The year is 1806. Bastard-born jewel thief David Lambert has few rules in his personal life. Never bed the staff, never more than once with the same man, and never, ever, kiss. Attending an aristocratic party and relieving some of the wealthy of their possessions should be easy, but in the space of a weekend, one by one all his rules are shattered by a footman with a secret.
Jeremy Naylor thought he had found the man of his dreams, the one man who might understand him. Someone passionate, handsome, and respectable. But in one shocking moment his world is destroyed, and he is forced to run for his life.
Flung together to escape the hangman’s noose, the passion between David and Jeremy burns fiercely. But Jeremy yearns for respectability, and David refuses to admit what lies in his heart. Will they find a way together, or will their differences lead them to the very brink of disaster and the shadow of the gallows?
David hammered on the door of Charnley’s Grosvenor Street mansion and, finding the door unlocked, let himself in. He strode through the hallway, boot heels ringing on the marble floor, and was met by a flurry of agitated staff.
“Get me Charnley. Now.”
The butler emerged and addressed him in condescending tones, but David brushed him aside. “Where is he? Study?” he stalked across the hallway and headed for the study door with the staff flapping behind him. He threw open the door, but there was no-one inside.
“Charnley!” he bellowed. “Get out here now.”
The flurry of footmen was swiftly replaced by burly, determined looking grooms, so David pulled out a brace of pistols from the back of his breeches and aimed them.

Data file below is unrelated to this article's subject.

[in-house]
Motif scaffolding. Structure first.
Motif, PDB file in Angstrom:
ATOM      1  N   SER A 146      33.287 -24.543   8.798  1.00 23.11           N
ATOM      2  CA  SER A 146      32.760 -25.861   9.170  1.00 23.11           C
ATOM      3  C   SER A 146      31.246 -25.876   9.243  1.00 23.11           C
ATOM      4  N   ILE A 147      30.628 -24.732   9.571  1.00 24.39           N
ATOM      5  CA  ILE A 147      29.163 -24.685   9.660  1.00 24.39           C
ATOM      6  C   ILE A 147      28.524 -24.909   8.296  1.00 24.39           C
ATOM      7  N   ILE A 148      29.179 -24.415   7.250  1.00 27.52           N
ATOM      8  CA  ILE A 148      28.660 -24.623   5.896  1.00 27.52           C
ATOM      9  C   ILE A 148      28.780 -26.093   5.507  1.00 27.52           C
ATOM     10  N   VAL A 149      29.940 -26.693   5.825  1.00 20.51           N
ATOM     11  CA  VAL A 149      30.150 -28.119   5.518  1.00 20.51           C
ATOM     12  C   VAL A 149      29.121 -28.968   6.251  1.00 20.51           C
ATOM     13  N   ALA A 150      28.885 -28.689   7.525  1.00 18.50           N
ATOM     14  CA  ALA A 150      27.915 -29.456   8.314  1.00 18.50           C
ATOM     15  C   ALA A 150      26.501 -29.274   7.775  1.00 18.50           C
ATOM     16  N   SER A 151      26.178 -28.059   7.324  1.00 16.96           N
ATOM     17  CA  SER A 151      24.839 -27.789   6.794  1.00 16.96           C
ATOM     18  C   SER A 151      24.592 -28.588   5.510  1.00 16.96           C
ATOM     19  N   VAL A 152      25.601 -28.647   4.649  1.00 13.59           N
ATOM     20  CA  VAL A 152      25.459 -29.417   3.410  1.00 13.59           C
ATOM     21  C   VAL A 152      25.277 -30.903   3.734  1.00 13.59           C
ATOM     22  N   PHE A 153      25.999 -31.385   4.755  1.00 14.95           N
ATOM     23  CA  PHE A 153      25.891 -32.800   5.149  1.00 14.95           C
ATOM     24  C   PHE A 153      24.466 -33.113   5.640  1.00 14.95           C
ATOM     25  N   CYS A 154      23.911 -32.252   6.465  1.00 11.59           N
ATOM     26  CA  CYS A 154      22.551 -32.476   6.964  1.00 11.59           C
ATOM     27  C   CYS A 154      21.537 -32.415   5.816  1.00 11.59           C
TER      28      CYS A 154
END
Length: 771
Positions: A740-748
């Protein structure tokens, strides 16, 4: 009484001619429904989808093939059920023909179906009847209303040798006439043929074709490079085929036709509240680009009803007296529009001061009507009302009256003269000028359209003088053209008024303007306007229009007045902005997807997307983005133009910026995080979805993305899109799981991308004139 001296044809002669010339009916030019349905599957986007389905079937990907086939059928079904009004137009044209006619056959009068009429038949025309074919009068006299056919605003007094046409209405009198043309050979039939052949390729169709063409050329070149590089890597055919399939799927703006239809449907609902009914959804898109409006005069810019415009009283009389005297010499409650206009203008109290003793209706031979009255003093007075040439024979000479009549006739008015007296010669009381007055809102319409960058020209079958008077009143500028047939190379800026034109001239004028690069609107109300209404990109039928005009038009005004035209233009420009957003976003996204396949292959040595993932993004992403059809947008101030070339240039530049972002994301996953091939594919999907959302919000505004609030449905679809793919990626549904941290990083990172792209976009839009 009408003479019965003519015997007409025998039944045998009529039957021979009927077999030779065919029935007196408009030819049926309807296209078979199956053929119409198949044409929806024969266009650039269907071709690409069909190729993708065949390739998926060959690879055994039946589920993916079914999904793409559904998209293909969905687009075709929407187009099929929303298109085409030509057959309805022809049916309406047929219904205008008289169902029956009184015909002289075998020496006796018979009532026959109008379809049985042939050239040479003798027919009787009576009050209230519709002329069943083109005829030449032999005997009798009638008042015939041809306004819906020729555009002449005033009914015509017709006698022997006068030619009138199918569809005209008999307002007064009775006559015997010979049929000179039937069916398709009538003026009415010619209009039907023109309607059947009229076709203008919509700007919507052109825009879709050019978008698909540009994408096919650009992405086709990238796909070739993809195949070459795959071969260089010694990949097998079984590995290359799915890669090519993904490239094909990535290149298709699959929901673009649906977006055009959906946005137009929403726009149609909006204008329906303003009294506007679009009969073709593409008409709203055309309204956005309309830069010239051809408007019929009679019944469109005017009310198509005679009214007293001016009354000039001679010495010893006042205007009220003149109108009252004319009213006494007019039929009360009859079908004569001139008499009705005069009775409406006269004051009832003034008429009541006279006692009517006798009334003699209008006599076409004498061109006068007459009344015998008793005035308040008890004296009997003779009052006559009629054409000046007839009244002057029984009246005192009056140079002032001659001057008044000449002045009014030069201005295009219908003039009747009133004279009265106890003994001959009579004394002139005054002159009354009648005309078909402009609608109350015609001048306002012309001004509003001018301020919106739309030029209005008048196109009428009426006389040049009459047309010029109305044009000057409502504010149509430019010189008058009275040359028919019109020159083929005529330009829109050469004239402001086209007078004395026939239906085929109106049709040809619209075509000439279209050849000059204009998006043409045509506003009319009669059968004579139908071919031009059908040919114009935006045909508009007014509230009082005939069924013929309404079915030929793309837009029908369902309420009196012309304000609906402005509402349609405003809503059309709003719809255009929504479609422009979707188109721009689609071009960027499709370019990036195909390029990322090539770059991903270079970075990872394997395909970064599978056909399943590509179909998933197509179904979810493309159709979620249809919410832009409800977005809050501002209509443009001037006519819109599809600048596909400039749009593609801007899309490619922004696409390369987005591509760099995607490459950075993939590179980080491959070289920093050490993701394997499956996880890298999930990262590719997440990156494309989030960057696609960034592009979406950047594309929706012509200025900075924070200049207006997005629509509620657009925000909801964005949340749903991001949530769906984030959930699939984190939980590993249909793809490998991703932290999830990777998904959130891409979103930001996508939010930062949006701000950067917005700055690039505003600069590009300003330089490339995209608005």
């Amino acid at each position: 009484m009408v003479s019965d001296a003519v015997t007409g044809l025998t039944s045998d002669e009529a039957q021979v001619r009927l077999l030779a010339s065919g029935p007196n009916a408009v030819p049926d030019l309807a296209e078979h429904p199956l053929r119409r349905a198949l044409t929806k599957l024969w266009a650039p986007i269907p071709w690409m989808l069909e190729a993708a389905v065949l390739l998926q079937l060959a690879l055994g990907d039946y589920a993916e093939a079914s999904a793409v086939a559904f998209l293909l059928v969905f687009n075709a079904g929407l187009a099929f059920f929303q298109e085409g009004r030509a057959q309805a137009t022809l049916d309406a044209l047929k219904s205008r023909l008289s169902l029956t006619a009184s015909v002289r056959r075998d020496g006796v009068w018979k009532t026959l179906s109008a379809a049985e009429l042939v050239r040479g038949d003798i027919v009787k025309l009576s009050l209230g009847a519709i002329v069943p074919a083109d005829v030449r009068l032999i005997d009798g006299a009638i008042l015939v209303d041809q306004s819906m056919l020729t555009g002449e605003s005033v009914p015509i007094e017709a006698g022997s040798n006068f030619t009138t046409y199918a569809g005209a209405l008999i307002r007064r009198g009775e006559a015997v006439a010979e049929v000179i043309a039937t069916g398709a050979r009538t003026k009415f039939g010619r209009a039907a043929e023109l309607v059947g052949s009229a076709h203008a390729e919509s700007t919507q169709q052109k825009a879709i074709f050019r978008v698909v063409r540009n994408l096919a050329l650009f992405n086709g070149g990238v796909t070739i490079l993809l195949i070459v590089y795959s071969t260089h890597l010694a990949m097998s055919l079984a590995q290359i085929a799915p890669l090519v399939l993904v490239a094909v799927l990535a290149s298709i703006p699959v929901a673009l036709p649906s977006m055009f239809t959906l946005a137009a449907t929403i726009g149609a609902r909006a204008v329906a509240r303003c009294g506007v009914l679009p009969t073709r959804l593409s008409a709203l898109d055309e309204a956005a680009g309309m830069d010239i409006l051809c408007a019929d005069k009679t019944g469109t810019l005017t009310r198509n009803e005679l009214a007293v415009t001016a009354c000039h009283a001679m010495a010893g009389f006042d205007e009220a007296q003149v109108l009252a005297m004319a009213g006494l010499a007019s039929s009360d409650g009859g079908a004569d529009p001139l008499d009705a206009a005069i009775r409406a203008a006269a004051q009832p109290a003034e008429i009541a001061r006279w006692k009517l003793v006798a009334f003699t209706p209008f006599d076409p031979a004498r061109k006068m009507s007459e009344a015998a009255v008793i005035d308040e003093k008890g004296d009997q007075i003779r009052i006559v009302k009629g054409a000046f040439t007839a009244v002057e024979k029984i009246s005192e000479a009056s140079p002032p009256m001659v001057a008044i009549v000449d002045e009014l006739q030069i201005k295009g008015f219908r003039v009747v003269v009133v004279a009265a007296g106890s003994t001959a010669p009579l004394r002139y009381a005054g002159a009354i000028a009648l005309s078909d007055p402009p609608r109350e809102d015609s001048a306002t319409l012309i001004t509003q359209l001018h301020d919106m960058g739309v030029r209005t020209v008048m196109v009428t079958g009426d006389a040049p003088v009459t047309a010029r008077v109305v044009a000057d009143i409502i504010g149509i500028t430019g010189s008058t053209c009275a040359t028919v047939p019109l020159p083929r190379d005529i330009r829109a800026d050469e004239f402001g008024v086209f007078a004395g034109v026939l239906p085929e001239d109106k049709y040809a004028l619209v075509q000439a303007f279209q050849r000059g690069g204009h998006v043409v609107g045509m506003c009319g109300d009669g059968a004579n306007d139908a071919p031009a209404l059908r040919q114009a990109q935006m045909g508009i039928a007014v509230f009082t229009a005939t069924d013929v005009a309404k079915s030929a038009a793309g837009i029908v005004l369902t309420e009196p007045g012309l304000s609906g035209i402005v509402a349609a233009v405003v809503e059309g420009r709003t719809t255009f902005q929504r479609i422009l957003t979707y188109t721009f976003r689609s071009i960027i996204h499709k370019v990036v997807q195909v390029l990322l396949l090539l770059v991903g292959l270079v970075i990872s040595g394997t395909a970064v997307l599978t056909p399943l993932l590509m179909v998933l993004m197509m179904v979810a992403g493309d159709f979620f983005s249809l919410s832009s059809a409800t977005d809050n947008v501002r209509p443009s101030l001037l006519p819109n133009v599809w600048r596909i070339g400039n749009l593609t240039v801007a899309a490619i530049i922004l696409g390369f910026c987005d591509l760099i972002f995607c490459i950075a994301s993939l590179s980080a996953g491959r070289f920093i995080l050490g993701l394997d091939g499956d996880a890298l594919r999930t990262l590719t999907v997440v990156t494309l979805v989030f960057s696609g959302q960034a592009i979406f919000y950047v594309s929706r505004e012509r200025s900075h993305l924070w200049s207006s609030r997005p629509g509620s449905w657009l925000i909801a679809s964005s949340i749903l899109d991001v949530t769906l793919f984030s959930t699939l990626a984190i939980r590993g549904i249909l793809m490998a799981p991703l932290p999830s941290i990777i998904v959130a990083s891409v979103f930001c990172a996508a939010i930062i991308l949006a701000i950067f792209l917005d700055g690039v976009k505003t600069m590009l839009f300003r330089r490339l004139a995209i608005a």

“Hold it right there,” he said, and the men stopped. “I have no quarrel with you, but I will see Charnley. Anyone who tries to stop me will be shot. Those of you who know me know I will do it.” He raised the pistols and waited. No-one moved.
“So, where is he?”
“What in God’s name is going on?” Charnley appeared, leaning over the gallery balcony, then running lightly down the stairs wearing only his shirt sleeves and waistcoat. “Lambert, why are you causing ructions in my home? For God’s sake, man, put the pistols down.”
“First, call off your lap dogs.”
With a flick of a hand, the staff were dismissed, but David held onto the pistols. “Shall we?” he asked, nodding towards the study. He slammed the door shut behind them with his boot.
“Get him out. Whatever you want from me is yours, just get him out.”
Charnley frowned. “What the hell are you talking about?”
David stalked across the room, gun in hand, and put the muzzle against Charnley’s chest. “You have until the count of three to tell me you will get him out. If you do not, I will shoot you and get him out myself.”
Charnley staggered back and held up both hands. “What ... who are you talking about? Get who out of where?”
“Lambert, I do not know what ...”
“God ... man will you ... Oh Christ. Not Naylor?” A look of genuine shock on Charnley’s face surprised David.
“Three. Yes.” He pushed against Charnley’s chest.
“Yes, yes ... of course I will help. Just put the fucking gun down.”
David lowered the pistol slowly, and Charnley backed away, one hand going to his throat. Sweat stood out on his brow.
“Get your coat, get down to Newgate, and undo whatever lies you told to put him in there. Now.”
Charnley lifted both hands. He was a little taller than David, and heavier having a few years on him, but he was treating him with a healthy respect. “Now, listen to me.”
“I’m listening. Get your coat.”
“David, I will do everything in my power to get Naylor out, but we have a serious problem here.”
“He is not there because of anything that I did. I did not order his arrest.”